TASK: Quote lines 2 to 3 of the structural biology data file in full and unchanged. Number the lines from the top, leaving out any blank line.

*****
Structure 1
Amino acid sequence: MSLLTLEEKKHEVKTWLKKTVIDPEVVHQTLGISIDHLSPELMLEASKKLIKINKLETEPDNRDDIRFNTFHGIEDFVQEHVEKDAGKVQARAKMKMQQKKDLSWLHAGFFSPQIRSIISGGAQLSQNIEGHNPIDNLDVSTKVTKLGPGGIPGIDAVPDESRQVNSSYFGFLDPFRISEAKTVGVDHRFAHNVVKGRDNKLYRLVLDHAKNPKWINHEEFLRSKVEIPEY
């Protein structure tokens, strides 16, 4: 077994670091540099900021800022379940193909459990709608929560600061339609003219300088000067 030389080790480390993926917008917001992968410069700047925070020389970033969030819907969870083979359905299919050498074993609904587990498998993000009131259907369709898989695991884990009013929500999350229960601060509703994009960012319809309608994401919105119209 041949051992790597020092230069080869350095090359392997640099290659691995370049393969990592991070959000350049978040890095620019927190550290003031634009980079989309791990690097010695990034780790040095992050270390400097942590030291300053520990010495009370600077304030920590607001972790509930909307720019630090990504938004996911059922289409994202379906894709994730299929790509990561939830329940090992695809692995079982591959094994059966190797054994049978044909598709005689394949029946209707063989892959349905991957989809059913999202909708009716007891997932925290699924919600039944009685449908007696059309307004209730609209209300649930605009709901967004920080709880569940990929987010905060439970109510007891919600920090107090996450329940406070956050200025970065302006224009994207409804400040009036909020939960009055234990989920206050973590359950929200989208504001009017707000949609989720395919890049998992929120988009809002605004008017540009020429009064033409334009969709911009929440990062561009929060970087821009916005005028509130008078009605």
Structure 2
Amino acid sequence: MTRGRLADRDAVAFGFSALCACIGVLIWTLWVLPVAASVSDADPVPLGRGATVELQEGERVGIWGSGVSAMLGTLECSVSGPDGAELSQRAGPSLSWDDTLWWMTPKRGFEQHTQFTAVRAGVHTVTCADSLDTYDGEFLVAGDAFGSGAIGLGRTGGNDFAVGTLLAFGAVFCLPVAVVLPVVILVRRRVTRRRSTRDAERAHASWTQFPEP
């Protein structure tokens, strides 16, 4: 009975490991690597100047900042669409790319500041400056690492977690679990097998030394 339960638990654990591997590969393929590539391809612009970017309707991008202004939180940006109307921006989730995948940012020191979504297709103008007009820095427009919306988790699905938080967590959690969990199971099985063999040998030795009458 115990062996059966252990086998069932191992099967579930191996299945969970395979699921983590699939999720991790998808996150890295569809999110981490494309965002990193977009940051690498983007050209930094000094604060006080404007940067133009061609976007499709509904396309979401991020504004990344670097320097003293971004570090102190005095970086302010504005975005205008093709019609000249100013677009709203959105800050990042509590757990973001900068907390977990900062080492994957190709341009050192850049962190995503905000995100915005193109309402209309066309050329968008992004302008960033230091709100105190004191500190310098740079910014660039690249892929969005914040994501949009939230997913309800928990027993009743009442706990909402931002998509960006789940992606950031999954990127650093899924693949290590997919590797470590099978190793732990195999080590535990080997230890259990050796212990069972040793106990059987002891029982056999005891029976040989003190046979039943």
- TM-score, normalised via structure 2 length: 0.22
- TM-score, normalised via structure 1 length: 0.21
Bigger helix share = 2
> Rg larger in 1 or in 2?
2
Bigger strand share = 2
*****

Amino acid sequence: MSLLTLEEKKHEVKTWLKKTVIDPEVVHQTLGISIDHLSPELMLEASKKLIKINKLETEPDNRDDIRFNTFHGIEDFVQEHVEKDAGKVQARAKMKMQQKKDLSWLHAGFFSPQIRSIISGGAQLSQNIEGHNPIDNLDVSTKVTKLGPGGIPGIDAVPDESRQVNSSYFGFLDPFRISEAKTVGVDHRFAHNVVKGRDNKLYRLVLDHAKNPKWINHEEFLRSKVEIPEY
């Protein structure tokens, strides 16, 4: 077994670091540099900021800022379940193909459990709608929560600061339609003219300088000067 030389080790480390993926917008917001992968410069700047925070020389970033969030819907969870083979359905299919050498074993609904587990498998993000009131259907369709898989695991884990009013929500999350229960601060509703994009960012319809309608994401919105119209 041949051992790597020092230069080869350095090359392997640099290659691995370049393969990592991070959000350049978040890095620019927190550290003031634009980079989309791990690097010695990034780790040095992050270390400097942590030291300053520990010495009370600077304030920590607001972790509930909307720019630090990504938004996911059922289409994202379906894709994730299929790509990561939830329940090992695809692995079982591959094994059966190797054994049978044909598709005689394949029946209707063989892959349905991957989809059913999202909708009716007891997932925290699924919600039944009685449908007696059309307004209730609209209300649930605009709901967004920080709880569940990929987010905060439970109510007891919600920090107090996450329940406070956050200025970065302006224009994207409804400040009036909020939960009055234990989920206050973590359950929200989208504001009017707000949609989720395919890049998992929120988009809002605004008017540009020429009064033409334009969709911009929440990062561009929060970087821009916005005028509130008078009605």